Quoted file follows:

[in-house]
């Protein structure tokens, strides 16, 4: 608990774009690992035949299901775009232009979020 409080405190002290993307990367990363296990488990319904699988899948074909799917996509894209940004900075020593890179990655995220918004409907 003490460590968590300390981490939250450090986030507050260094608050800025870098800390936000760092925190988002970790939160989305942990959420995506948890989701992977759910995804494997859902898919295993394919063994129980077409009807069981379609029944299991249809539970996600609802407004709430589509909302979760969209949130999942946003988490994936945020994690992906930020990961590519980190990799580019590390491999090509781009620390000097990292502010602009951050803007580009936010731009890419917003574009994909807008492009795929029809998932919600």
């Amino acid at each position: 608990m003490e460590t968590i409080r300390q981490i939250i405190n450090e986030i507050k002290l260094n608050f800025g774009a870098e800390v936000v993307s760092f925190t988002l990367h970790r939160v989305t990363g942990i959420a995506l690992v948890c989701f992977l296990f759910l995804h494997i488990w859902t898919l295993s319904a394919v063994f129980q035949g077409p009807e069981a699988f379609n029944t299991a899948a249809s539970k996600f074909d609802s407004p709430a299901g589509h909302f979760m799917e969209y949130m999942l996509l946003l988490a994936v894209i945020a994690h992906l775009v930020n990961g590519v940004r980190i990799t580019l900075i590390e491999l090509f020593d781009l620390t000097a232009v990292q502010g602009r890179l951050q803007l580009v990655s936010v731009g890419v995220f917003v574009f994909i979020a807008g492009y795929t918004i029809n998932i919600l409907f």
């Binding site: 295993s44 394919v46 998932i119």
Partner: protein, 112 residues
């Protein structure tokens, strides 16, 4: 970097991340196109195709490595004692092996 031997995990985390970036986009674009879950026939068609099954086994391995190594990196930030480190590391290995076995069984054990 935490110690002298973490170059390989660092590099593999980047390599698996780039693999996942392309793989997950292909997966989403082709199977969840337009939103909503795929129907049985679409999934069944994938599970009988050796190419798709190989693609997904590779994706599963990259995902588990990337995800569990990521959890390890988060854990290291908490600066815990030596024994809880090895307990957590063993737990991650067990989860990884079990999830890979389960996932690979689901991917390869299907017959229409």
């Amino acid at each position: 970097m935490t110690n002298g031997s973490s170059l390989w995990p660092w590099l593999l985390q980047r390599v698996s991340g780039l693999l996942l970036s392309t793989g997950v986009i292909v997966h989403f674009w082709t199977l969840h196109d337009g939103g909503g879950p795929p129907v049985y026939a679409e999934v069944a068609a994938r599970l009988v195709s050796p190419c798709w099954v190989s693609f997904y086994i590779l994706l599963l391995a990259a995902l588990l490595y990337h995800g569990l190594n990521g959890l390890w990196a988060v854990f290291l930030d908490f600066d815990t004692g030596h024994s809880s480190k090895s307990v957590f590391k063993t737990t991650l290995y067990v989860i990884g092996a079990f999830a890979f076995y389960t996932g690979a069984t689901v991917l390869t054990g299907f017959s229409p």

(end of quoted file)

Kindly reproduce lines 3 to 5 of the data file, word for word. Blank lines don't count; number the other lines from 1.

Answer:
């Amino acid at each position: 608990m003490e460590t968590i409080r300390q981490i939250i405190n450090e986030i507050k002290l260094n608050f800025g774009a870098e800390v936000v993307s760092f925190t988002l990367h970790r939160v989305t990363g942990i959420a995506l690992v948890c989701f992977l296990f759910l995804h494997i488990w859902t898919l295993s319904a394919v063994f129980q035949g077409p009807e069981a699988f379609n029944t299991a899948a249809s539970k996600f074909d609802s407004p709430a299901g589509h909302f979760m799917e969209y949130m999942l996509l946003l988490a994936v894209i945020a994690h992906l775009v930020n990961g590519v940004r980190i990799t580019l900075i590390e491999l090509f020593d781009l620390t000097a232009v990292q502010g602009r890179l951050q803007l580009v990655s936010v731009g890419v995220f917003v574009f994909i979020a807008g492009y795929t918004i029809n998932i919600l409907f």
């Binding site: 295993s44 394919v46 998932i119």
Partner: protein, 112 residues